The Minority in Parliament has said it would move a motion to request a parliamentary inquiry into the COVID-19 testing contract, awarded to Frontiers Healthcare Services.
The House is expected to resume sitting in Accra on March 2, after a three-week break intended to stem the spread of COVID-19 among Members of Parliament (MPs) and staff of Parliament.
The Minority’s move follows the claim by the ministers-designate for Health, Foreign Affairs, Attorney-General and Gender, Children and Social Protection that they knew nothing about the contract.
Frontiers Health Services is said to have been awarded the contract weeks before Ghana’s air space was opened to travellers, following its earlier closure as a measure to halt the ‘importation’ of the virus.
Addressing journalists in Parliament on Friday, Samuel Okudzeto Ablakwa, Minority Spokesperson on Foreign Affairs, said the secrecy surrounding the contract demanded a probe.
“Based on the evasiveness, the lack of sincerity, outright refusal by nominees about this contract and the contradiction, and comedy of unreliable referrals that every nominee appears to be giving us, we have decided as a caucus that when the House reconvenes, we are going to move a motion demanding a full-scale inquiry into the Frontiers Healthcare Services contract at the Airport,” he said.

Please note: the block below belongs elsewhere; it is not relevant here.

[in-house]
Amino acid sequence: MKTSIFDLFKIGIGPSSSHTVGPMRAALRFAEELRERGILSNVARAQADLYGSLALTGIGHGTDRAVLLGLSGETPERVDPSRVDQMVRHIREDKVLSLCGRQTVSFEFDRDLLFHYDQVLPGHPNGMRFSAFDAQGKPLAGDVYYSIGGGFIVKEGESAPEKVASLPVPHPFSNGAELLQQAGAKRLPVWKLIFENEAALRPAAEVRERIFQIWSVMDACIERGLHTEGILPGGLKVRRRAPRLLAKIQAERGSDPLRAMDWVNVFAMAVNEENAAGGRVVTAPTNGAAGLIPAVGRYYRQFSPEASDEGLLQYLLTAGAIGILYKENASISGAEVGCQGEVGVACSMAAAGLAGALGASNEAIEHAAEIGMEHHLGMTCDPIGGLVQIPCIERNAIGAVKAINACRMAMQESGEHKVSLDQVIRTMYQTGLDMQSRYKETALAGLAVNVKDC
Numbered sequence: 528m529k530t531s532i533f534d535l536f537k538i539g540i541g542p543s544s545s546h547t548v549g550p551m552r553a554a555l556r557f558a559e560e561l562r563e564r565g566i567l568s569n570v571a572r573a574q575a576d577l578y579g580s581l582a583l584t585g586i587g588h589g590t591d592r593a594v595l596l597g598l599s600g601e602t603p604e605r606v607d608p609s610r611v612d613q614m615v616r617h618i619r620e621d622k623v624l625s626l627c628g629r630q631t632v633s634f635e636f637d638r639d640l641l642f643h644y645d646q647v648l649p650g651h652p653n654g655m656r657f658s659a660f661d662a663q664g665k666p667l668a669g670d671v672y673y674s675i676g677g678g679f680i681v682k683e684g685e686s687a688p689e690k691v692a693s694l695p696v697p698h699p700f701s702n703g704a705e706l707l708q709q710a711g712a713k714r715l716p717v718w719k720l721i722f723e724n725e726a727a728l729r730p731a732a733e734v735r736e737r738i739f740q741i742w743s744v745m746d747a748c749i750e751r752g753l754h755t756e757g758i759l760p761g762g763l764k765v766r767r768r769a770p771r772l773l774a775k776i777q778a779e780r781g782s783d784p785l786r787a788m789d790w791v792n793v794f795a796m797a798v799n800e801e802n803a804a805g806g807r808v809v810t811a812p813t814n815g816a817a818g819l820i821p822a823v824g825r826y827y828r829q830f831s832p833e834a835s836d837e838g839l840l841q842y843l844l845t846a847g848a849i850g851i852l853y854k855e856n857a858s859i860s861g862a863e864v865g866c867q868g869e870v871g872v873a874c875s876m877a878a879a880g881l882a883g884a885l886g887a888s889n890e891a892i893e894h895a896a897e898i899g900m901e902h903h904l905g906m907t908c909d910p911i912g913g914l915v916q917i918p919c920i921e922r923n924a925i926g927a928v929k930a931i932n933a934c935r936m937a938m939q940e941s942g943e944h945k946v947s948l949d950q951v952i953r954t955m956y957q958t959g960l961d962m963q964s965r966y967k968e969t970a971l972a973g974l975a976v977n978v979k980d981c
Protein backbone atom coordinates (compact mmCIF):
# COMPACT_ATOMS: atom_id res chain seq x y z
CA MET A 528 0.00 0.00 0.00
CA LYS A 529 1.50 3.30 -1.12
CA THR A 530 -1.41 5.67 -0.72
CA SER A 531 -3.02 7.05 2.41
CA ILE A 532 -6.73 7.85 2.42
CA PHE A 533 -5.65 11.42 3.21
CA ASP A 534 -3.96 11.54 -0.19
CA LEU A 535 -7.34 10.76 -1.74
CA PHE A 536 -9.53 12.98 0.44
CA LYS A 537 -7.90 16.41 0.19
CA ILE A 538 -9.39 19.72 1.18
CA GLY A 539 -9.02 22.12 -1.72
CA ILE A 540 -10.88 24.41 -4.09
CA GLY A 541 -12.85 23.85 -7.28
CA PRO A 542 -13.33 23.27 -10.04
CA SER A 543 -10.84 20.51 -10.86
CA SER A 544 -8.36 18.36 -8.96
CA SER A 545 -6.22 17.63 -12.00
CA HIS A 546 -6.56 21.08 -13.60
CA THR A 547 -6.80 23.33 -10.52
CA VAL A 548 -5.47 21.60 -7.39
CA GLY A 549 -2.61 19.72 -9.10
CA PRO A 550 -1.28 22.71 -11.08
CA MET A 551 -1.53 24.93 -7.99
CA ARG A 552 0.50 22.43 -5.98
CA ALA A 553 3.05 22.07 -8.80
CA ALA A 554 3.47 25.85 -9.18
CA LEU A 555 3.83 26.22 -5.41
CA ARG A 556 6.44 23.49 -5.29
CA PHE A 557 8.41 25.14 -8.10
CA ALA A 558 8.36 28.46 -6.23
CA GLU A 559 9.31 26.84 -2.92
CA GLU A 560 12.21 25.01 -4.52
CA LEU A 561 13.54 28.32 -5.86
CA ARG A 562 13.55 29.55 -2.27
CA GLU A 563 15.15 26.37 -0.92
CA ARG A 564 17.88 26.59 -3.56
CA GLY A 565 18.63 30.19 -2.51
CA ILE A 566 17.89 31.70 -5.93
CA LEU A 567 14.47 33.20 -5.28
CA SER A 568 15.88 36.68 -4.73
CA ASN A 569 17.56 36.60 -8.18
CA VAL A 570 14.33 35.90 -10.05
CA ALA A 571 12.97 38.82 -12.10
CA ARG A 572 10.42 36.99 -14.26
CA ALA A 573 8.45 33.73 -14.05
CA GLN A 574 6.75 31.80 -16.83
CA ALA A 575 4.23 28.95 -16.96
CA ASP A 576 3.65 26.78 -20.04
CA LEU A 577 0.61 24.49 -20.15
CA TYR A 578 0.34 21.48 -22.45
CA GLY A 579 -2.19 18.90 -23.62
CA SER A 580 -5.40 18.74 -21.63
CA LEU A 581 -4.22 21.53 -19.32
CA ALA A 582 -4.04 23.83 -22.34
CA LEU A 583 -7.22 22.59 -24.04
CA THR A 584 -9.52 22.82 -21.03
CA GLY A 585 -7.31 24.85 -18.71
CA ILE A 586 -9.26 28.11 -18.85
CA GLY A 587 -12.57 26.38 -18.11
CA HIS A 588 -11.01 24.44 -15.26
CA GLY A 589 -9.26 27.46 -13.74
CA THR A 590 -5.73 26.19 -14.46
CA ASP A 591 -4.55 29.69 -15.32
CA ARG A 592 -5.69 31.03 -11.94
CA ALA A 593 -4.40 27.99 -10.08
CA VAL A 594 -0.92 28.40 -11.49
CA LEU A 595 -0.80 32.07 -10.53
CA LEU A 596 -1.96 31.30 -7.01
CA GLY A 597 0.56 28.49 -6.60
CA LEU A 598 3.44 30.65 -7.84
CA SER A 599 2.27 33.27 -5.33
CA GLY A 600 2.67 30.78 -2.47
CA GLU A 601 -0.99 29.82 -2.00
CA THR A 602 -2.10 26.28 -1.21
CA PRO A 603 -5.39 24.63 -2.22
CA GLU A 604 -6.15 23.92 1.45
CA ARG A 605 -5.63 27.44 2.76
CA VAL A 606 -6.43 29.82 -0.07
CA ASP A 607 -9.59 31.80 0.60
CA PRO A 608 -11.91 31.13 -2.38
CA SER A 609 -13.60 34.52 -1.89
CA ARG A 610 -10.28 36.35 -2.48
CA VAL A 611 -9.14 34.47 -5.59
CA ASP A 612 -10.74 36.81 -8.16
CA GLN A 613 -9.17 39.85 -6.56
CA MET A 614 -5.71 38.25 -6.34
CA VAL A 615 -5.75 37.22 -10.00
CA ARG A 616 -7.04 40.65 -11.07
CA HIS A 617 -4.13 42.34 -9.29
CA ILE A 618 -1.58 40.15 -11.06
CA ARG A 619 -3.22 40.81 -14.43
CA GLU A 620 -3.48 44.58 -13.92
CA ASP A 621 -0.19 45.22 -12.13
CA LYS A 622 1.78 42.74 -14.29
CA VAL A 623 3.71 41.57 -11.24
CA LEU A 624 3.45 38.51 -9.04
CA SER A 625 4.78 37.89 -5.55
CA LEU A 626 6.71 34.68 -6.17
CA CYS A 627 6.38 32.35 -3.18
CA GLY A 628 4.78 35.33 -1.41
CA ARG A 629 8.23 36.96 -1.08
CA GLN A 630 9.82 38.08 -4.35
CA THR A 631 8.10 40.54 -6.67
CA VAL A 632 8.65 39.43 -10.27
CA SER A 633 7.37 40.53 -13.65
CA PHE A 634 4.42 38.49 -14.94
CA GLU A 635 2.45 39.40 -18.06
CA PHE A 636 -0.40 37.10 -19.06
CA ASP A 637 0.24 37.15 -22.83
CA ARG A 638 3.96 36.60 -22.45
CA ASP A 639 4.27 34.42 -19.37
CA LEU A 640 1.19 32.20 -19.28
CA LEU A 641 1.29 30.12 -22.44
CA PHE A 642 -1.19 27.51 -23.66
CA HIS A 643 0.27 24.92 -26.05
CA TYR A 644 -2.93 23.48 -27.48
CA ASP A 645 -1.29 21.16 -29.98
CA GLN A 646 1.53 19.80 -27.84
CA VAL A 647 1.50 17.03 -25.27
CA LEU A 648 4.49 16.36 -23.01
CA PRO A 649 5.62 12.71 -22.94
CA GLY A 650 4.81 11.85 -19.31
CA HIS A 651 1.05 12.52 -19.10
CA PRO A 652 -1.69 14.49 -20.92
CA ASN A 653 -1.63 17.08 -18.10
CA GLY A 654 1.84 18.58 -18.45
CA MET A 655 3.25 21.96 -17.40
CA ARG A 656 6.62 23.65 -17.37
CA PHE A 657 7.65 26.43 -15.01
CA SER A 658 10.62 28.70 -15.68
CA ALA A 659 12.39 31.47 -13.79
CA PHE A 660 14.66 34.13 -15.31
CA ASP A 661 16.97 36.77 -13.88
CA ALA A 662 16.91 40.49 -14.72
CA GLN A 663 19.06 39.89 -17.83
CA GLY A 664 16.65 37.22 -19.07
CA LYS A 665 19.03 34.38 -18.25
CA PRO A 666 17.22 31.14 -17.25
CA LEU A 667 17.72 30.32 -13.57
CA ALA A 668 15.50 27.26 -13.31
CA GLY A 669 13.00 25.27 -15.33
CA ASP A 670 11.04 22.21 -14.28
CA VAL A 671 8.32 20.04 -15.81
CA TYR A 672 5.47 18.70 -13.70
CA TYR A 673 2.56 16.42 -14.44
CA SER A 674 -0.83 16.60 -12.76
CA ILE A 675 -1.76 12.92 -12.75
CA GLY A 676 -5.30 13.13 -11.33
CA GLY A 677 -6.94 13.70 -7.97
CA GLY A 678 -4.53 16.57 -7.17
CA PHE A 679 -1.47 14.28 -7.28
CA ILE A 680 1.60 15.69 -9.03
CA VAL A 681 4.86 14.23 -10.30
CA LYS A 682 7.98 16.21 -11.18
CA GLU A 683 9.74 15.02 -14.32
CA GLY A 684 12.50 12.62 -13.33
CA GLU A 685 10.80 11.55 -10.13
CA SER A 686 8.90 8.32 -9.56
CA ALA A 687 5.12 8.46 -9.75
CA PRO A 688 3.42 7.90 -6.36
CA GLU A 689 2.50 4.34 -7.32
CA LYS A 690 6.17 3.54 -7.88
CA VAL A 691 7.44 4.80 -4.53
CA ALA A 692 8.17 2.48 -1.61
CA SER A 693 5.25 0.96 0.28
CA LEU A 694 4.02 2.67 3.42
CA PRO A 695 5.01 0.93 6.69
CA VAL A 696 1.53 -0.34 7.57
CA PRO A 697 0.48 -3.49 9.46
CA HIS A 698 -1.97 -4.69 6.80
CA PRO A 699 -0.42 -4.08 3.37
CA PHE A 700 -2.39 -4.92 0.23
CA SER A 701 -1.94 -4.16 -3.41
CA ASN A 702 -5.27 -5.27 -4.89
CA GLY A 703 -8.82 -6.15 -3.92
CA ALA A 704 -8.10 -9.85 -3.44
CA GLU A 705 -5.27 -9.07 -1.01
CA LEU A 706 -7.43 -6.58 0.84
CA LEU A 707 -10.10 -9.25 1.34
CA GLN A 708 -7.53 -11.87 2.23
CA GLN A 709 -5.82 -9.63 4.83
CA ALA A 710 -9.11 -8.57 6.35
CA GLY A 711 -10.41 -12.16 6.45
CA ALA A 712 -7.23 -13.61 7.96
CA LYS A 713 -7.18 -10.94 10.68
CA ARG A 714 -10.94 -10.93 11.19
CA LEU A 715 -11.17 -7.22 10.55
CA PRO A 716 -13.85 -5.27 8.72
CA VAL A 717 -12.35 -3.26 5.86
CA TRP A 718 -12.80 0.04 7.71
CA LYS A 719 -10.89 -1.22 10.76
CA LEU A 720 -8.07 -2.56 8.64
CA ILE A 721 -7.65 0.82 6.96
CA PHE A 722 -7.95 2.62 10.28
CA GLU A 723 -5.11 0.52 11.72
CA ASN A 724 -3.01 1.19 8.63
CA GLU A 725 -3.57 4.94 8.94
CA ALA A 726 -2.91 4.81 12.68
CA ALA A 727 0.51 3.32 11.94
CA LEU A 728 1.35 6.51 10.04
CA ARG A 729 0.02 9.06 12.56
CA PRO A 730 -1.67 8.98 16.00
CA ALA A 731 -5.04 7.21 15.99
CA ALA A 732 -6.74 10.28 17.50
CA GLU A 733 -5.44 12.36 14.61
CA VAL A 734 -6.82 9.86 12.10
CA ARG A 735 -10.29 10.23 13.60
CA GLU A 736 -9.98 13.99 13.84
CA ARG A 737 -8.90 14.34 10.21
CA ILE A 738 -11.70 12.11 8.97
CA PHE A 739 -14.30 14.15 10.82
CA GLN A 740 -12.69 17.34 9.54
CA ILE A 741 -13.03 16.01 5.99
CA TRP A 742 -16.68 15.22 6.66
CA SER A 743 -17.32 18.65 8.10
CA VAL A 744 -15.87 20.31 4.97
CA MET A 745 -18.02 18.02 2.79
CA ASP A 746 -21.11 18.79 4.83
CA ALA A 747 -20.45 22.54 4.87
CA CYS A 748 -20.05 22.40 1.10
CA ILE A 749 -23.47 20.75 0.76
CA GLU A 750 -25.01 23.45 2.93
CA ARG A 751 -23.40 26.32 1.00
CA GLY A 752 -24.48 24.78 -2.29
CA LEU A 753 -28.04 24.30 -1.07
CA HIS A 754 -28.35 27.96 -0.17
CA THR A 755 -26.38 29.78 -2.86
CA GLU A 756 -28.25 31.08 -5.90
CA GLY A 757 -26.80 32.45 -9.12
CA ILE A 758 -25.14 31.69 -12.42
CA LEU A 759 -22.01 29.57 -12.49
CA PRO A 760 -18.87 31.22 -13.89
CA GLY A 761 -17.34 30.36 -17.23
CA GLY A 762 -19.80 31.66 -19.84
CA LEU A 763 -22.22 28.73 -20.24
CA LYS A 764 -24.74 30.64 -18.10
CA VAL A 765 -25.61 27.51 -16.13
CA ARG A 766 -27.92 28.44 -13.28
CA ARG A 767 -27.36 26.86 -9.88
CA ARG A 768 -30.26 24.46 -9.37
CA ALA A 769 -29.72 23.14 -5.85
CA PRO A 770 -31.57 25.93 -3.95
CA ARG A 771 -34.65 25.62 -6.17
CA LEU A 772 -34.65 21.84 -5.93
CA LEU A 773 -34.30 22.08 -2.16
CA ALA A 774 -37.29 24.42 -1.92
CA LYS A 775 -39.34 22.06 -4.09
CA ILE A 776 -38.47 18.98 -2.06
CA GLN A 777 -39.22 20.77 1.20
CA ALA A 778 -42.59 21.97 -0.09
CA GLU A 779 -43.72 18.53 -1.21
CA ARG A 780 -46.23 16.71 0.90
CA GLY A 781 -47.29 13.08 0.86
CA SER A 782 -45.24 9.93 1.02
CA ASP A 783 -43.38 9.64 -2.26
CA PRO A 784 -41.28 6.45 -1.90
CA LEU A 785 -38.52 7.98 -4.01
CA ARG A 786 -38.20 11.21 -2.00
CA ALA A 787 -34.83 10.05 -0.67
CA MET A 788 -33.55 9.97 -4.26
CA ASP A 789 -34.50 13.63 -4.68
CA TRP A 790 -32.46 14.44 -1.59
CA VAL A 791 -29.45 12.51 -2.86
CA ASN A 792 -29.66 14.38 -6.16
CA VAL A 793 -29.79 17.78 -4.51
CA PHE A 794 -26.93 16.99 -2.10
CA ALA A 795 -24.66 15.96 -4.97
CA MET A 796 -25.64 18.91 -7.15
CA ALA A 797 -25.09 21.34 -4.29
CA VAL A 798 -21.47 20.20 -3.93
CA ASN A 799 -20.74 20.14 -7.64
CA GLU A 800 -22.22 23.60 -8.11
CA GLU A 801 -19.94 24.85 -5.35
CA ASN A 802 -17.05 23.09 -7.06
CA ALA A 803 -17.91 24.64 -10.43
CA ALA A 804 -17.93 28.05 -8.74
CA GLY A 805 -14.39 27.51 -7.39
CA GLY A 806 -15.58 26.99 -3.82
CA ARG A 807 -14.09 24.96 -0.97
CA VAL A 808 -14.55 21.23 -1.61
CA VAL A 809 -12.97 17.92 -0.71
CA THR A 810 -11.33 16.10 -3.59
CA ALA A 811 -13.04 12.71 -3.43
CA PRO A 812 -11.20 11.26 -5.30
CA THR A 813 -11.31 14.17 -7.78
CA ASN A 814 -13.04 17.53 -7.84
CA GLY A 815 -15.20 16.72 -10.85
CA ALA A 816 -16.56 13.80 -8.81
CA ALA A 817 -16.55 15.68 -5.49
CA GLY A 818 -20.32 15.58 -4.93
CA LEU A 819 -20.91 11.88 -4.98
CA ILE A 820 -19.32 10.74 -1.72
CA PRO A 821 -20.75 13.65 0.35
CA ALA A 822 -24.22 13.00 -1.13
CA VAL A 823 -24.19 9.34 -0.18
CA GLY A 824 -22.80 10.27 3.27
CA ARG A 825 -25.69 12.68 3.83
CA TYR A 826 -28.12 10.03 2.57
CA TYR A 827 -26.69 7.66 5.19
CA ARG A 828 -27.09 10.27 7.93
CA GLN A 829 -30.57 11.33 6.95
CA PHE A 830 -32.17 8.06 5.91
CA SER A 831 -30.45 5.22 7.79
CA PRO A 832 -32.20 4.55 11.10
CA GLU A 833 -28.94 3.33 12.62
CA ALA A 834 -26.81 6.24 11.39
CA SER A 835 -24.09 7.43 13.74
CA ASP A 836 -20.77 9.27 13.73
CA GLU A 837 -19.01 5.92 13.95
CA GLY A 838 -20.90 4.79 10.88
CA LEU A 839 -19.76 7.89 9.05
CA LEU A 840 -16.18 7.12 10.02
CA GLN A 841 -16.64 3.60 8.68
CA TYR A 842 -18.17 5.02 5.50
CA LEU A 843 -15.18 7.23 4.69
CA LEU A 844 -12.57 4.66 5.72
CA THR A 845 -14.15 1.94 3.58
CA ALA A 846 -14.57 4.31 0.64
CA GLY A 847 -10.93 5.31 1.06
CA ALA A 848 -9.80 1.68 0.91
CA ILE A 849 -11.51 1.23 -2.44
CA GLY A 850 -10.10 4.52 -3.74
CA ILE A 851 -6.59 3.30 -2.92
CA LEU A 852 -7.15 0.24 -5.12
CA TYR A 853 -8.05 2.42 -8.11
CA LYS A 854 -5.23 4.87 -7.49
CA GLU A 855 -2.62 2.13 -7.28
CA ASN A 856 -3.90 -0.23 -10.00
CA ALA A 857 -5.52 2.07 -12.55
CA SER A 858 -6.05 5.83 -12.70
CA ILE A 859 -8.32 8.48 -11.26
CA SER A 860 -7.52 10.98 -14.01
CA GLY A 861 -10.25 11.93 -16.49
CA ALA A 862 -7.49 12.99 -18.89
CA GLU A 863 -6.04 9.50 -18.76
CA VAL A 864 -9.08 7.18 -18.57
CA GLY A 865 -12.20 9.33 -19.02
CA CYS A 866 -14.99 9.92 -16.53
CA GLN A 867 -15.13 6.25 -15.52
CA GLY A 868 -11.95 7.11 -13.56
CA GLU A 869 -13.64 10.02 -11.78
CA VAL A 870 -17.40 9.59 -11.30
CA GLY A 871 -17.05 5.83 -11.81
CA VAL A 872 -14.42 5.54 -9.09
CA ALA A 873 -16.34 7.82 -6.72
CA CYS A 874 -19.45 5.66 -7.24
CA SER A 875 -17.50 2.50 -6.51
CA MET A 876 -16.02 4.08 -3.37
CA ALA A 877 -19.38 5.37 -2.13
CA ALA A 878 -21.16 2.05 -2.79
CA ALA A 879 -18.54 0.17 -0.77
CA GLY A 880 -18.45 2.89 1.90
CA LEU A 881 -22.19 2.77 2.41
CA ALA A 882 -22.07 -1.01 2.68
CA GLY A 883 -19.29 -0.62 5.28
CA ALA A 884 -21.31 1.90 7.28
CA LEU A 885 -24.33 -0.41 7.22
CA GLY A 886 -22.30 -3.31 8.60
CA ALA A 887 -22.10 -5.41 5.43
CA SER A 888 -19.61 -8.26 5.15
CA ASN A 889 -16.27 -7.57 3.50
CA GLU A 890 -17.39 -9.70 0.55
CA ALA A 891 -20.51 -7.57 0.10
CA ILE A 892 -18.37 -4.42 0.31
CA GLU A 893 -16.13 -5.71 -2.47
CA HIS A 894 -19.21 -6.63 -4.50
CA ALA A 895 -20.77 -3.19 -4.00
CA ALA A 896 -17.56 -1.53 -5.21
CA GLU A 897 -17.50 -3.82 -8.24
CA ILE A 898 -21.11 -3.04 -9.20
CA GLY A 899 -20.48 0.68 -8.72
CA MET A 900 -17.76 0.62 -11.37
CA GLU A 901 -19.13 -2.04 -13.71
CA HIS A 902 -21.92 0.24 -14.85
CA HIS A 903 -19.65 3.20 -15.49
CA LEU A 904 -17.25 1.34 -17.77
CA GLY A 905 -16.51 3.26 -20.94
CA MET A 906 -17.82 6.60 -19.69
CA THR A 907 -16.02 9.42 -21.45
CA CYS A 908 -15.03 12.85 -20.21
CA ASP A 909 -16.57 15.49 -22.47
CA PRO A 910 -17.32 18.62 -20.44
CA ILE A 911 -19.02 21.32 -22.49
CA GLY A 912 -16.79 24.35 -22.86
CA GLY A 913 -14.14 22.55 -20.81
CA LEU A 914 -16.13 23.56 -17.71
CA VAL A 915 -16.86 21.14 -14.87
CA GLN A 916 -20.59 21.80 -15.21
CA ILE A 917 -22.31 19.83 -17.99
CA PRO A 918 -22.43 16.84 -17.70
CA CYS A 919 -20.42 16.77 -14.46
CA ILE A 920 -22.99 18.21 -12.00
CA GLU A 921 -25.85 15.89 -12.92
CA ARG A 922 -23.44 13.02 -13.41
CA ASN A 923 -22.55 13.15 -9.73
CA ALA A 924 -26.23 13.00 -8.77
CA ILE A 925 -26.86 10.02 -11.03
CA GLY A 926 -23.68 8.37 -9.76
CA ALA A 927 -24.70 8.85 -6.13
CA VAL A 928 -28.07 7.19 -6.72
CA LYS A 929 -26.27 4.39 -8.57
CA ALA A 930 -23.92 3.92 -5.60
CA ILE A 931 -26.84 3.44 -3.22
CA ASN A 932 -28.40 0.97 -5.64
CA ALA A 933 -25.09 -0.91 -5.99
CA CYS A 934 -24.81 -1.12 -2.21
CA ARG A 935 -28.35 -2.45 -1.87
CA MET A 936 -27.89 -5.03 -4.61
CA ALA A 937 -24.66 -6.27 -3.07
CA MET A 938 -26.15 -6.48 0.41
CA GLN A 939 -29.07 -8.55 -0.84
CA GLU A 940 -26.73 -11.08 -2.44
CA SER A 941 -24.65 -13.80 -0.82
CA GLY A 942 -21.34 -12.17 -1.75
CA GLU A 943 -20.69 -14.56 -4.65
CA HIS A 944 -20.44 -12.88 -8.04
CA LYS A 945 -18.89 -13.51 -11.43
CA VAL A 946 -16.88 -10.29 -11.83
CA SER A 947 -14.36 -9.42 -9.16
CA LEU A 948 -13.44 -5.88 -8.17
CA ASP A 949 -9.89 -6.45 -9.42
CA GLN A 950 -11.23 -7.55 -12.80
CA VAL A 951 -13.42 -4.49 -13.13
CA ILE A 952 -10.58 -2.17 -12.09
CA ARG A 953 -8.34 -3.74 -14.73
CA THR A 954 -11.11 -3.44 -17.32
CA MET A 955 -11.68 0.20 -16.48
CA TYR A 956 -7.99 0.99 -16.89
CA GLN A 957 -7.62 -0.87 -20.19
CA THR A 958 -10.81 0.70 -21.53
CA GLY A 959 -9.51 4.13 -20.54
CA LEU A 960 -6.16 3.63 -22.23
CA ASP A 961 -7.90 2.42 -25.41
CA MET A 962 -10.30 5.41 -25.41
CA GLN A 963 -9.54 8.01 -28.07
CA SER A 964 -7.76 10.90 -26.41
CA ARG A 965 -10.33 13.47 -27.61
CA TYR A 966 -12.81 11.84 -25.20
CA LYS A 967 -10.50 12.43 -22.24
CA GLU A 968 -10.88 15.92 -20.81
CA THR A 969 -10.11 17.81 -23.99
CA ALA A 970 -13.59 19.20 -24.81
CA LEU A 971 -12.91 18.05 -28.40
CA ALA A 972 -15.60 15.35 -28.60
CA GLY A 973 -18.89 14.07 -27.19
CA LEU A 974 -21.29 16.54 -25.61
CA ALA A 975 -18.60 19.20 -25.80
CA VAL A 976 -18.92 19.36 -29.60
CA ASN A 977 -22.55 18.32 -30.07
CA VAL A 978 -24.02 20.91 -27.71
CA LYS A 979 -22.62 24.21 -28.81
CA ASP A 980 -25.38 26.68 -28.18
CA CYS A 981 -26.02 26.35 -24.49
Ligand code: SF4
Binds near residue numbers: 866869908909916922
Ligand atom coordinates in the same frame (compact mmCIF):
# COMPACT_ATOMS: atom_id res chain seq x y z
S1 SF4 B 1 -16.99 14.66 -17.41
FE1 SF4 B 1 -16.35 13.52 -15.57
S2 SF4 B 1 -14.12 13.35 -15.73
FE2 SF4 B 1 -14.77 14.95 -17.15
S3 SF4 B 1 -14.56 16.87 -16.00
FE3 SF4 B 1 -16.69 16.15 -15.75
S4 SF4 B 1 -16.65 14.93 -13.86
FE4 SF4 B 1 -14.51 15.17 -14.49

Mr Ablakwa stressed that: “Initially the Health Minister told us that Presidential taskforce and Ghana Health Service, the second different entity is when the Chief Procurement Advisor to the President, Adwoa Safo, referred us to the Minister of Finance. Yesterday, we received a third referral from Information Minister, Kojo Oppong Nkrumah; this time the Ghana Airport Company Limited.”
He said in the view of the Minority, government has breached Section 41 of the PPA Act and Section 11 of the Fees and Charges Act for not bringing the US$150 charge to Parliament for approval or otherwise.
“Already all the laws have been broken so far as this contract is concerned. The US$150 that is being charged needs to be approved by the House, but it wasn’t approved by Parliament. So this $150 charge is illegal,” Mr Ablakwa, NDC MP, North Tongu, emphasised.
Ghana’s testing regime is said to be one of the most expensive in the world with other countries doing same for as little as US$50.
The fee has since been reviewed to US$50 for Ghanaian and ECOWAS citizens after months of public outcry. Non-ECOWAS citizens, however, still pay the US$150 for the test when they arrive in the country.